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provender

[prov-uh n-der] /ˈprɒv ən dər/
noun
1.
dry food, as hay or oats, for livestock or other domestic animals; fodder.
2.
food; provisions.
Origin
1275-1325
1275-1325; Middle English provendre < Old French, variant of provende prebend, provender < Medieval Latin prōbenda, alteration of praebenda prebend, perhaps by association with Latin prōvidēre to look out for, provide
Synonyms
1. See feed.
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British Dictionary definitions for pro-vender

provender

/ˈprɒvɪndə/
noun
1.
any dry feed or fodder for domestic livestock
2.
food in general
Word Origin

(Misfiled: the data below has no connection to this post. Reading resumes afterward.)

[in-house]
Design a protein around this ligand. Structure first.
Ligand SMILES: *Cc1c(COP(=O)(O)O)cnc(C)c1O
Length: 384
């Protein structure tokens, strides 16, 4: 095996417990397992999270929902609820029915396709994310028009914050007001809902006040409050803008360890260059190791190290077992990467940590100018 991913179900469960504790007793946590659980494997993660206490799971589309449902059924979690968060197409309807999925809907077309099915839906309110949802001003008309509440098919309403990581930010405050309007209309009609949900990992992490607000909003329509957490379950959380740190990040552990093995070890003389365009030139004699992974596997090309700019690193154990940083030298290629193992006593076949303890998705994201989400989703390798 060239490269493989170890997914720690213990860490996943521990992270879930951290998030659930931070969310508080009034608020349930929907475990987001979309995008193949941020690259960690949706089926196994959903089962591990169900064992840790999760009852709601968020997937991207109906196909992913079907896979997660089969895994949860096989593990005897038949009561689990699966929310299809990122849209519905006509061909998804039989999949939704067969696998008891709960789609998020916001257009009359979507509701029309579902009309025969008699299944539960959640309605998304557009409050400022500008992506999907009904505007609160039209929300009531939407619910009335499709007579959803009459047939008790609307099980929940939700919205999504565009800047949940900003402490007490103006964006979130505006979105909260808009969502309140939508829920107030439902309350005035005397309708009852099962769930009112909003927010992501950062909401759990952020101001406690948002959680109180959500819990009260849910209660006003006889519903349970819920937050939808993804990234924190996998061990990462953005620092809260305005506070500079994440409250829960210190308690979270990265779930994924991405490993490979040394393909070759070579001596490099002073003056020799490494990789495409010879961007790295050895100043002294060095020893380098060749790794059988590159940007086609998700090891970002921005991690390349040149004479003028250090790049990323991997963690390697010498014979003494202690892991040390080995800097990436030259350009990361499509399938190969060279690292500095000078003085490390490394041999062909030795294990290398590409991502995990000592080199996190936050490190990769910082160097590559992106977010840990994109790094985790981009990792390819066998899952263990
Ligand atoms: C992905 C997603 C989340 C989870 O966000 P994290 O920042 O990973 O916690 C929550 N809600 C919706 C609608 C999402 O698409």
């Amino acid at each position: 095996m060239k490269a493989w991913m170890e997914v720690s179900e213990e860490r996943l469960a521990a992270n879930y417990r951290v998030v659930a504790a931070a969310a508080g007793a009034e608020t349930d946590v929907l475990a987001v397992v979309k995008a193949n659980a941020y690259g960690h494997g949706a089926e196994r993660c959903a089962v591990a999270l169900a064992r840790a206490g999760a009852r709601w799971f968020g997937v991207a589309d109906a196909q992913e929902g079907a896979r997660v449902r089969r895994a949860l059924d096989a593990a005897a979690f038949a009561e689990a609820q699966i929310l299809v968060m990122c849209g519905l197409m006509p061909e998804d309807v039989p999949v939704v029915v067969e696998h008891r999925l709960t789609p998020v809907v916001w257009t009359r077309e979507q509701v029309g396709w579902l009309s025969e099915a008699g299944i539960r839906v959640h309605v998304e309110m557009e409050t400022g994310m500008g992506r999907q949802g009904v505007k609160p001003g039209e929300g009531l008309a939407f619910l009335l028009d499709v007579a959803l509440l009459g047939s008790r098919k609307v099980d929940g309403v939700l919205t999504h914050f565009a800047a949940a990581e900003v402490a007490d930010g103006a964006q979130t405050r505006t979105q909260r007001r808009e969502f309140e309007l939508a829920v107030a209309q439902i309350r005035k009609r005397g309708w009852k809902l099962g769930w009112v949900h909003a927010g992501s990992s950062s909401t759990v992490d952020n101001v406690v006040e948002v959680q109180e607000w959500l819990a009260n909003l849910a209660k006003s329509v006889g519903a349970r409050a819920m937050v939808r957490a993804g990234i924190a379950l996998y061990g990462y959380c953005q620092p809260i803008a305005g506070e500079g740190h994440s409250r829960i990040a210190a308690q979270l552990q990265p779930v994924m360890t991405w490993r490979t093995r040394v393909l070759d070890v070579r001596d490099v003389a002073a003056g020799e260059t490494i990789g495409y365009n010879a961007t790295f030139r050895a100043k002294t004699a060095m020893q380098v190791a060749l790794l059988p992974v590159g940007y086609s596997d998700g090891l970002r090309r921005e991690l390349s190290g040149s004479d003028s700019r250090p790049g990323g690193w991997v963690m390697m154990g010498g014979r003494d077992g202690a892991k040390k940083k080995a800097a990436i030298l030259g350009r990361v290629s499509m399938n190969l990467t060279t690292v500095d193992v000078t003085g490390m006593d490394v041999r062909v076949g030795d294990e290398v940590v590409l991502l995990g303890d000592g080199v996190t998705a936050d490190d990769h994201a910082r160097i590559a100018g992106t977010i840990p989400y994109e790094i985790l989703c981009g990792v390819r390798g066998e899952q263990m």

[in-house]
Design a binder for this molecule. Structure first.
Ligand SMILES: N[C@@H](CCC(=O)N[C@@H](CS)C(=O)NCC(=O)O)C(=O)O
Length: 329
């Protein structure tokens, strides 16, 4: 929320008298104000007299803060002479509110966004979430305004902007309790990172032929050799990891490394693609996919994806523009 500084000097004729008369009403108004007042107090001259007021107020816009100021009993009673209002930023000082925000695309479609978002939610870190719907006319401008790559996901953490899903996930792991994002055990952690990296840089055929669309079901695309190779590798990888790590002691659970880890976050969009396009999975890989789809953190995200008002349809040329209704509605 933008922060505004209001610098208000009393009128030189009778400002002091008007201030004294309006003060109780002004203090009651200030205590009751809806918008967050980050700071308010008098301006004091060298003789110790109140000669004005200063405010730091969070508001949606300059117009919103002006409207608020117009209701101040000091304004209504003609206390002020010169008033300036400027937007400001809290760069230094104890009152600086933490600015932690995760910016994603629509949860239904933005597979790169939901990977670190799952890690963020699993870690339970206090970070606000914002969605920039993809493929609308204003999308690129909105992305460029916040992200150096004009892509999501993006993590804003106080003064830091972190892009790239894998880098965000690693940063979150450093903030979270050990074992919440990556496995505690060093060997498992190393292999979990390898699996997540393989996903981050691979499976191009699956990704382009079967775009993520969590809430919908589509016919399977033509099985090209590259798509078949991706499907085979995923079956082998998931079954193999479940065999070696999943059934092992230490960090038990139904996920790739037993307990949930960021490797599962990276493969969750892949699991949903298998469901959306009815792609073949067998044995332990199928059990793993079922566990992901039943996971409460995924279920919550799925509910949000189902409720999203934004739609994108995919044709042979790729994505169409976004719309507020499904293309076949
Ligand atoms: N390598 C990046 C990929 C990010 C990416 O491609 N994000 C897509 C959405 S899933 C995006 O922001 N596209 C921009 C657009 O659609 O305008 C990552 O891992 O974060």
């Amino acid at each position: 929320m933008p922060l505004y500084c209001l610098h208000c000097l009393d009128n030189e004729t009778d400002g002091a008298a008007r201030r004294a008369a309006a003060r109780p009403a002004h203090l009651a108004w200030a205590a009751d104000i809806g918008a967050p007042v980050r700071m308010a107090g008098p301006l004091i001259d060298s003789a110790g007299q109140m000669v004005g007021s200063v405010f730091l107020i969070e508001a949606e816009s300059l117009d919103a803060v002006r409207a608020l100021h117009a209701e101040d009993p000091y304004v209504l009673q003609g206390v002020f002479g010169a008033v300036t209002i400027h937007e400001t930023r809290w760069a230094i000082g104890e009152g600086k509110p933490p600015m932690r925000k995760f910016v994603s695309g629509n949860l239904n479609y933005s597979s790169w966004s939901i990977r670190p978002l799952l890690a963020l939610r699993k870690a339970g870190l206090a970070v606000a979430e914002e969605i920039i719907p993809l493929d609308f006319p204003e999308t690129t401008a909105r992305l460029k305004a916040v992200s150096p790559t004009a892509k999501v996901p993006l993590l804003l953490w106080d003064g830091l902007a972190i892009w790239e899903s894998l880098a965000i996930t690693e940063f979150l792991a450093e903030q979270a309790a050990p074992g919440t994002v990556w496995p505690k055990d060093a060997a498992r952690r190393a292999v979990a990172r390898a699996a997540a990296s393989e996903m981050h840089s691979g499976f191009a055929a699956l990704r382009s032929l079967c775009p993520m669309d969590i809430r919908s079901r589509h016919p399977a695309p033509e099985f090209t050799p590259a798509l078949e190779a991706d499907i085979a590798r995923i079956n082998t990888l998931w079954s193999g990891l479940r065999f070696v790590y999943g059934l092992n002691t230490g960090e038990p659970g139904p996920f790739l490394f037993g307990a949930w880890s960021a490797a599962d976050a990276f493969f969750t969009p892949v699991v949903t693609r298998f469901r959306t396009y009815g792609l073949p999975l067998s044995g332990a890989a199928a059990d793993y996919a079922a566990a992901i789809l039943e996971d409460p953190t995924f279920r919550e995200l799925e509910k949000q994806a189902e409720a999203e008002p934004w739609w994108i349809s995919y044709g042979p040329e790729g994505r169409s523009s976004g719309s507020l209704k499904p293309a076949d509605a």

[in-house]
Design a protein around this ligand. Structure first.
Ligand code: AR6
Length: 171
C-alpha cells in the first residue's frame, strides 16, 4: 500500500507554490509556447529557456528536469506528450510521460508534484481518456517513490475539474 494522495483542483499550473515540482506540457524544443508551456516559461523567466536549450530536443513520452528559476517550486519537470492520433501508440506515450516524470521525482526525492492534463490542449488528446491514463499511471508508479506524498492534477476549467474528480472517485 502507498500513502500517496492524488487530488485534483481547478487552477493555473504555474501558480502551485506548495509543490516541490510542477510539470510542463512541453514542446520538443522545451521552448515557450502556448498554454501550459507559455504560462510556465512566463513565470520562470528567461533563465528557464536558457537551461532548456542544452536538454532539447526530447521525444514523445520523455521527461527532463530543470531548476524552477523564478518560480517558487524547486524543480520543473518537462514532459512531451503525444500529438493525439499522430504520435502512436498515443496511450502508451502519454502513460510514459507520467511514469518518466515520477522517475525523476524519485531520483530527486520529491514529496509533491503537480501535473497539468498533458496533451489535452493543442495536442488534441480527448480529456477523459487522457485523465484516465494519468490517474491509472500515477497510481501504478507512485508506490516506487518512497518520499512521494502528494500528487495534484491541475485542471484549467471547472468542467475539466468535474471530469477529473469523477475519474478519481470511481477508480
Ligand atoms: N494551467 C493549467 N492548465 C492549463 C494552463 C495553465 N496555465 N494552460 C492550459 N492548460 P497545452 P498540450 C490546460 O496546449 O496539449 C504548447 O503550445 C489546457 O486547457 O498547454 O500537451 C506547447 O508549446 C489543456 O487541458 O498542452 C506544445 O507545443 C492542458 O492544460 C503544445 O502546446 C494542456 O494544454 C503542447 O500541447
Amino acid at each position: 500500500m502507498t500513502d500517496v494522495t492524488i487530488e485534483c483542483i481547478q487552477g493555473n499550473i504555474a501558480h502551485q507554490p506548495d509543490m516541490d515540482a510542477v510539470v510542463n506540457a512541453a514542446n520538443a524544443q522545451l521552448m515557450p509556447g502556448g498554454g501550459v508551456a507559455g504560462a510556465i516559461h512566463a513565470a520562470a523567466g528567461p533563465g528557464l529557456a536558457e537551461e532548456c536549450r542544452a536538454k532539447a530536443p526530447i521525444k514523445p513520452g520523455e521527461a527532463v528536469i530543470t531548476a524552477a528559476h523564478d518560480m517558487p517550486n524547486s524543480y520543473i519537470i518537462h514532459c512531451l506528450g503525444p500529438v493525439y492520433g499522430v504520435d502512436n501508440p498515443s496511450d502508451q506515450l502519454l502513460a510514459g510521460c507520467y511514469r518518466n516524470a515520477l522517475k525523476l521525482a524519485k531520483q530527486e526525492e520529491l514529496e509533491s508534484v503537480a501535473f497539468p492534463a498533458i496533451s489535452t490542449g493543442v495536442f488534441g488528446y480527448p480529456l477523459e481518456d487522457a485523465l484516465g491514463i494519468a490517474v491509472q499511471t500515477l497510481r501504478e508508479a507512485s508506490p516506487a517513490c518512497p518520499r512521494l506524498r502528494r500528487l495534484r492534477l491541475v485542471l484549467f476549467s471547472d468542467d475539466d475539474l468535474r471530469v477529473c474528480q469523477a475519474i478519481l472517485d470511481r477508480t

C14: from Old French provendre, from Late Latin praebenda grant, from Latin praebēre to proffer; influenced also by Latin prōvidēre to look after
Collins English Dictionary - Complete & Unabridged 2012 Digital Edition
© William Collins Sons & Co. Ltd. 1979, 1986 © HarperCollins
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Word Origin and History for pro-vender

provender

n.

c.1300, "allowance paid each chapter member of a cathedral," from Anglo-French provendir, Old French provendier "provider; recipient, beneficiary," from Gallo-Romance *provenda, altered (by influence of Latin providere "supply") from Late Latin praebenda "allowance, subsistence," from Latin praebenda "(things) to be furnished," neuter plural gerundive of praebere "to furnish, offer," from prae "before" (see pre-) + habere "to hold" (see habit). Meaning "food, provisions, etc." (especially dry food for horses) is recorded from mid-14c.

Online Etymology Dictionary, © 2010 Douglas Harper
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